Years ago I heard Peck come down very hard on teachers and, ever since, I’ve had to separate that memory when reading his books. This year I feel A Season of Gifts is one of the strongest books of the year — the character development excellent, the various threads of story beautifully developed, and the language and setting is sublime.  A really lovely work.   And so I will again set aside this quote from the author and continue to appreciate his work.  Maybe one day he will appreciate what I do too.

There are so many ways I read aloud to my students.  Recently I wrote about my general reading program and reading aloud is an important part of it.  My first day of school with students is this coming Monday and I’ve got a pile of books on my desk as I mull over which one I will begin with.  There will be no vocabulary lessons or sheets with it.  If the first book is Boyce’s Cosmic I may have to slip in a few bits of information, but only what is needed to enjoy the story.  If I read aloud  (but probably won’t because I think it is for older kids than those I teach) A Season of Gifts I would do the same thing — slip in explanations if necessary.  However, kids can also use their own developing skills to figure out what words mean themselves using context.  Turning a read aloud into a deadly vocabulary lesson happens, far too often, I fear.  And such a lesson is unlike to endear many of those child readers to Peck’s books, I’m afraid.

For more on what I read aloud in my classroom and how, here are a bunch of those posts.  Even better, go read this talented 6th grade teacher’s response to Peck.

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In the Classroom: Teaching Reading

In the past week I’ve read two completely oppositional articles on teaching.  The first was “Tyranny of the Test: One Year as a Kaplan Coach in the Public Schools” by Jeremy Miller.  It is a superb piece providing a disturbing, real, and moving view of the specifics of legislation that has made Kaplan such a player in the schools, the sad realities of testing, teaching, and more.  The second was “Students Get New Assignment: Pick Books You Like.”  This is a very different sort of article, Mokoto Rich is a reporter for the New York Times, not a teacher, and so she comes to this topic quite differently — following a teacher as she begins this “new” method in her classroom — children choosing their own reading material.

The method is one of choice — individual reading rather than the whole-class-reads-one book method.  It isn’t, for all Rich suggests it is, new.  It was around when I started teaching in the early 70s and was around even earlier among those with a progressive mindset.  Choice is at the heart of Montessori, open classroom, whole language, constructivism, and many other pedagogies that have waxed and waned in popularity over the years.  I’m glad Rich featured Nancie Atwell, someone who inspired me twenty years ago with her seminal book, In the Middle.  She, along with others, gave me some  excellent tools that helped me to fine-tune a method I already had been using — now known as readers’ workshop.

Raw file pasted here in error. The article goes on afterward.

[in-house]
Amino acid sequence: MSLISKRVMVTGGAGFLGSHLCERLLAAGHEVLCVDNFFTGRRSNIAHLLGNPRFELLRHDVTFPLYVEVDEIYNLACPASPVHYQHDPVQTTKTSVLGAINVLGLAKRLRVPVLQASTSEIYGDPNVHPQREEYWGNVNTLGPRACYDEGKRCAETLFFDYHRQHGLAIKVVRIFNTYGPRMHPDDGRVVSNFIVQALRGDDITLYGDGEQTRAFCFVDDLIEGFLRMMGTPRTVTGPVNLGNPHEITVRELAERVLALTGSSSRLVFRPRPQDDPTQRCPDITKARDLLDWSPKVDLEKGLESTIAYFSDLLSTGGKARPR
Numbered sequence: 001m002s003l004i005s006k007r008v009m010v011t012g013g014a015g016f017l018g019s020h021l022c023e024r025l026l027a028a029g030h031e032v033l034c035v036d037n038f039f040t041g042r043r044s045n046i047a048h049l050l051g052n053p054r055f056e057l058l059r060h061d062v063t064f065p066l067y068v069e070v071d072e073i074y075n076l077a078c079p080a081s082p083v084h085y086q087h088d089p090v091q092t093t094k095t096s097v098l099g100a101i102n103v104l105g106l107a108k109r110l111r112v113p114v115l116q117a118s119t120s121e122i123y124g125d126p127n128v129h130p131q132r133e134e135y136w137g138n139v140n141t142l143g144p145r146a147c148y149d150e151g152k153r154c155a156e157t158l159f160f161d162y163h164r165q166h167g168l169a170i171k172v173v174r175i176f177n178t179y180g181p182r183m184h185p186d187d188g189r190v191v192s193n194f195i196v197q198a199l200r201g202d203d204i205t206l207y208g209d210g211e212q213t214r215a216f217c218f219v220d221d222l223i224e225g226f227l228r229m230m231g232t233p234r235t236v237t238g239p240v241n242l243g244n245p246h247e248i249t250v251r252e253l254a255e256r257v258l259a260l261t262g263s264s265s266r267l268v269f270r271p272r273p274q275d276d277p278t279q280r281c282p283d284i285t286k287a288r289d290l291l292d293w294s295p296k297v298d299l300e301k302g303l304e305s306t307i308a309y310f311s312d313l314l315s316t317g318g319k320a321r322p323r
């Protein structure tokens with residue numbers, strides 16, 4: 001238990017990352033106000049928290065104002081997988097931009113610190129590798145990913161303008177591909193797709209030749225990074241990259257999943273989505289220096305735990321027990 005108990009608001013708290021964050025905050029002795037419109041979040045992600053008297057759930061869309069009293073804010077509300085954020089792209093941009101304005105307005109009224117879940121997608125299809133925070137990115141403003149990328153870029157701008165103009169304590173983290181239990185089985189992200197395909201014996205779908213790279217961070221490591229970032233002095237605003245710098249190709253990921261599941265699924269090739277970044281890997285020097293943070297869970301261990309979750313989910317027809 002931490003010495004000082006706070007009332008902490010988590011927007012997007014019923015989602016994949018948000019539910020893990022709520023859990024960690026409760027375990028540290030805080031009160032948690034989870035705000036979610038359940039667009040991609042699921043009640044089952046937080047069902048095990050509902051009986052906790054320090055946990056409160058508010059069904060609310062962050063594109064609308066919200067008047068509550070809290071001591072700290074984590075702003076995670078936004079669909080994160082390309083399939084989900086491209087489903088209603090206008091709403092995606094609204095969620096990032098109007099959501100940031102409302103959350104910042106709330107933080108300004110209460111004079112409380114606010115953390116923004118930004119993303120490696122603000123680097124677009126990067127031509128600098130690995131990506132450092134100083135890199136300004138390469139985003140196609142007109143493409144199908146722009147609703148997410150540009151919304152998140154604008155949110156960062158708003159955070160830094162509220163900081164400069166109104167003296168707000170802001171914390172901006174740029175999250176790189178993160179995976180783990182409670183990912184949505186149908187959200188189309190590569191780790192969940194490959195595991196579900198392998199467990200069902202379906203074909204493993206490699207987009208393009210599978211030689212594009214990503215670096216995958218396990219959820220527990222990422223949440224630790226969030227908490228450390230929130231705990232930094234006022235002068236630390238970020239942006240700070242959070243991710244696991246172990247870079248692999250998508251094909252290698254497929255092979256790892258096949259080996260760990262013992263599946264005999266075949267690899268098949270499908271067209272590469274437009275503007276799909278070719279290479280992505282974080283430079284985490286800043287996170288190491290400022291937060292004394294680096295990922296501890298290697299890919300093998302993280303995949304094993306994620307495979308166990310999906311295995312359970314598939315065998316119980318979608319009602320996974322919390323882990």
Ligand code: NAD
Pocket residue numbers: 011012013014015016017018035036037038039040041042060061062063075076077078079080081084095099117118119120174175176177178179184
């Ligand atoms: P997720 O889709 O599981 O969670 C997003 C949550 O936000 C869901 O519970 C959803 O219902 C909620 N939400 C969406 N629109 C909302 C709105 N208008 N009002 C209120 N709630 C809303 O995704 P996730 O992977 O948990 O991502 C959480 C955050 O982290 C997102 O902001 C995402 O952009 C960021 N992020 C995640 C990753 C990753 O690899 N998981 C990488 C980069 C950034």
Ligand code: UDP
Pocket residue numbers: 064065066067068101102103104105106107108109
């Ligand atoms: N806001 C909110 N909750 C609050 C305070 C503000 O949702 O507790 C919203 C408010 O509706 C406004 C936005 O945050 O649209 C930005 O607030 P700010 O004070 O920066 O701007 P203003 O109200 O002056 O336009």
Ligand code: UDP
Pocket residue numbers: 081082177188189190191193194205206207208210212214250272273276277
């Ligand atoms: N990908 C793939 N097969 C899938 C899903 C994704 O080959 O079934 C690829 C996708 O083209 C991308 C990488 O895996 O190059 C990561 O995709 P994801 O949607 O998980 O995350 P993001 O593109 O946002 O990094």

A few years after that I spent a summer at Princeton studying classical children’s literature. I came back to my classroom determined to bring some of that magic into my teaching.  Since then other experiences have helped me to continually refine how I teach reading.  At the moment, in broad sweeps (leaving out the specific lessons that I do), here’s an overview:

  • Independent Reading.  My students are all expected to always have a book they’ve chosen to read.  The only homework I assign is to read for at least 30 minutes a night. I monitor the reading by having the children write the book title and the pages read.  I can easily determine how their reading is going by those pages.  If a child is only reading ten pages in 30 minutes night after night, for example, something is wrong and I will investigate.  I encourage them to drop books they don’t like and work hard to help them find ones they do.  Periodically I invite them to prepare readings from these books for the class for our weekly Literary Salons.   I have private conversations with them about their readings. They write about the books in response journals (and on blogs).  All the stuff mentioned in Rich’s article and many other places.
  • Reading Aloud. I always am reading aloud a book, ideally one the kids can’t get themselves yet. Last year I read The Graveyard Book and When You Reach Me before they were published, for example.  I’m still mulling over the first book for this year.
  • One Book for the Whole Class.  I do believe in occasionally reading a book together. I think that there can be a very special experience when a group comes together over a book.  And I have to say, I don’t get the vehemence some have against doing this. While I understand how it has been done badly, it can also be wonderful.  I mean, what about those communities that read books together?  Book groups?  Book clubs? Why can’t teachers orchestrate something similar in their classrooms?  Certainly, I hope I do.  We begin the year with Charlotte’s Web and end it with The Wizard of Oz. Both are wonderful experiences.